The Survey Says | Career Rocketeer - Career Search and Personal Branding Blog

Since mid June, I randomly touched base with 2 dozen people who took advantage of my standing offer for a free resume review or attended one of my job hunting workshops or webinars between December 2009 and February 2010. I was curious how many found a new job, and if they were unsuccessful up until now I wanted to find out how their job search was progressing – or not progressing – and why? In a casual way I conducted an informal survey to learn what works and what does not in looking for a new job.

Knowing a little bit about them, their professions and their personalities, I can say the results did not shock me, and I would like to share some of my observations with you and see what lessons you can learn from them.

The first thing I found was that only 9 of the 24 found a new, well-paying, full-time job, which is not surprising in this economy. One other thing that did not surprise me is 6 of the 9 people who found a job abandoned their old resume and had a new one professionally written for them that they considered a major factor in their success. I also discovered that of the remaining job seekers 3 more had their resume professionally written and, although they did not get a new job their interview to apply ratio increased and they also attribute this minor success to using a professionally-prepared resume.

Now I will not say that the new resume alone was why these people found new jobs. But I will say it validates something that in my mind has been true since time immemorial, and more so in this modern age of How-To-Wisdom. When it comes to difficult tasks that you are not trained to do, you are more likely to get the desired results when you hire a professional, especially if you can not afford the negative consequences that often accompany the process of learning through trail and error. In my own life I found this to be true - for myself and for other people I know - in a variety of real-life situations including hiring a CPA to do your taxes, a lawyer to represent you in a civil court action such as a tenant/landlord dispute, an electrician to install a ceiling fan, a painter to paint your home, or an auto mechanic to tune up your car. In each case the end result was better and the cost of hiring a professional was justified when compared to the results of doing it yourself.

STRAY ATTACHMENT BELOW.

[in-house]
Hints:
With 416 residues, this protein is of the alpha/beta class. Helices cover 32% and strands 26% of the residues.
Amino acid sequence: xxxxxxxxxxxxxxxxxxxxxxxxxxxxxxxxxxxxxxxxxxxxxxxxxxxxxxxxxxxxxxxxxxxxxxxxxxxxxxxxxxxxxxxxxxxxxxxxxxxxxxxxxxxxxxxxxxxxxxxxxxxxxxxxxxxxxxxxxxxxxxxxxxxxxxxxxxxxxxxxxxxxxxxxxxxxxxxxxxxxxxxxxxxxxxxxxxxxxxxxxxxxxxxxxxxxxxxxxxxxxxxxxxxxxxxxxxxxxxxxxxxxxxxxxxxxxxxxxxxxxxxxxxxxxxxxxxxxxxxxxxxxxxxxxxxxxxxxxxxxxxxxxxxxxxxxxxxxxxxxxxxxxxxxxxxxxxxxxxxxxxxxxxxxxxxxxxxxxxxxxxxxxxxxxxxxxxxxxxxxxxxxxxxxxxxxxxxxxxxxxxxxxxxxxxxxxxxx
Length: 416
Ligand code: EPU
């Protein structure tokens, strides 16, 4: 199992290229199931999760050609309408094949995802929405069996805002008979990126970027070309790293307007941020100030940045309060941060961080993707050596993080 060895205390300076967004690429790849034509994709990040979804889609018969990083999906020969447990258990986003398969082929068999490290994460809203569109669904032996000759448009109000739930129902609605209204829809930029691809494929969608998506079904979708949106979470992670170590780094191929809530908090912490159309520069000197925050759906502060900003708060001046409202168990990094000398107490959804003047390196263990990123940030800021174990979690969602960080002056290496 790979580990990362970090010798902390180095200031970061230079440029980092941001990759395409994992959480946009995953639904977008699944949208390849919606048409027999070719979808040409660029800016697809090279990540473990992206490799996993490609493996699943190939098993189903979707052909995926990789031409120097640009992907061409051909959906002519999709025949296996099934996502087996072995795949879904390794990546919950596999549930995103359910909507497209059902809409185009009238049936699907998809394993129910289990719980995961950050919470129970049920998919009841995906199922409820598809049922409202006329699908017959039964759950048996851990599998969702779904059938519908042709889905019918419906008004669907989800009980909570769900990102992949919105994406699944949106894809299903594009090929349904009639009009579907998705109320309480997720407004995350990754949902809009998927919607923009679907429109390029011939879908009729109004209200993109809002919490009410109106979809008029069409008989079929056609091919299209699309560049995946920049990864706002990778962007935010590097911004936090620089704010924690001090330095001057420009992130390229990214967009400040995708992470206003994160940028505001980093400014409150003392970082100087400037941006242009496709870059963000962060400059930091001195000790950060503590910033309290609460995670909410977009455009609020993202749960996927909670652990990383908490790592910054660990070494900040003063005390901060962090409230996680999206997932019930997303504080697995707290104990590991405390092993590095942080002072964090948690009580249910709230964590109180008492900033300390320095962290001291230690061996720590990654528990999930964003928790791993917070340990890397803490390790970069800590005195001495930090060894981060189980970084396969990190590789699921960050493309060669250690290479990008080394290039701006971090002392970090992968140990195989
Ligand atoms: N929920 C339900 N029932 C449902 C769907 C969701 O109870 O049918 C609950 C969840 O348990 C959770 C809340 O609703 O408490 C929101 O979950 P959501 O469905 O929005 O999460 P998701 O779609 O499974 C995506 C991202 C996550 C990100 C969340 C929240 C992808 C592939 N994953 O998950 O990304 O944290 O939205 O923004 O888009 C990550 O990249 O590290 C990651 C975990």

Another thing I discovered is that the know-it-alls and the people with the biggest egos were getting the least amount of results. When I asked these people if they took any of the advice that I or other professionals gave them to heart, most said “NO.” Some of the advice I gave them was to be realistic in the jobs they were seeking and the money they were asking for; to employ better time management techniques in their job search; and to ask for help and support in their job search and not go it alone. From these people I confirmed that excessive ego and not trusting others are two ways to remain unemployed.

The last point I would like to touch on is creative networking. I confirmed that the people who listened to me (and others who believe like I do) about being aggressive and creative in networking, are the one’s who got the most and the best results.
However one conversation stuck out in my mind. A forty something Operations Manger told me that he listened and implemented what we discussed about creative networking and he immediately started seeing results. Then after a month or so the results started to dwindle, and he asked me why? My answer to him and to all of you is simple. “Every morning you are going to wake up knowing that you are unemployed; but the people in your network, including your closest friends, long time business associates and acquaintances, former employers and co-workers, and 95% of the people in your job search network don’t think about you on a regular basis, if at all, until you remind them”.

The biggest challenge in creative networking is not finding ways to meet new people, creative ways to get your message across, or getting the courage to ask people to help you for the first time. To me the biggest creative challenge is finding ways to stay in close contact with these people on an ongoing basis without you or the people you are reaching out to feeling that you are needy, pushy and/or annoying.
So with this in mind I’d like to get your input. If you have some creative networking techniques to pass along to fellow readers that have worked for you, please email them to me and I will include them in a future post.


Perry Newman, CPC CSMS is a nationally recognized executive resume writer, career coach, AIPC certified recruiter and SMMU certified social media strategist known for his ability to help his clients get results. You can view his sample resumes at, and email him your resume at for FREE resume critique.

Posted via email from AndyWergedal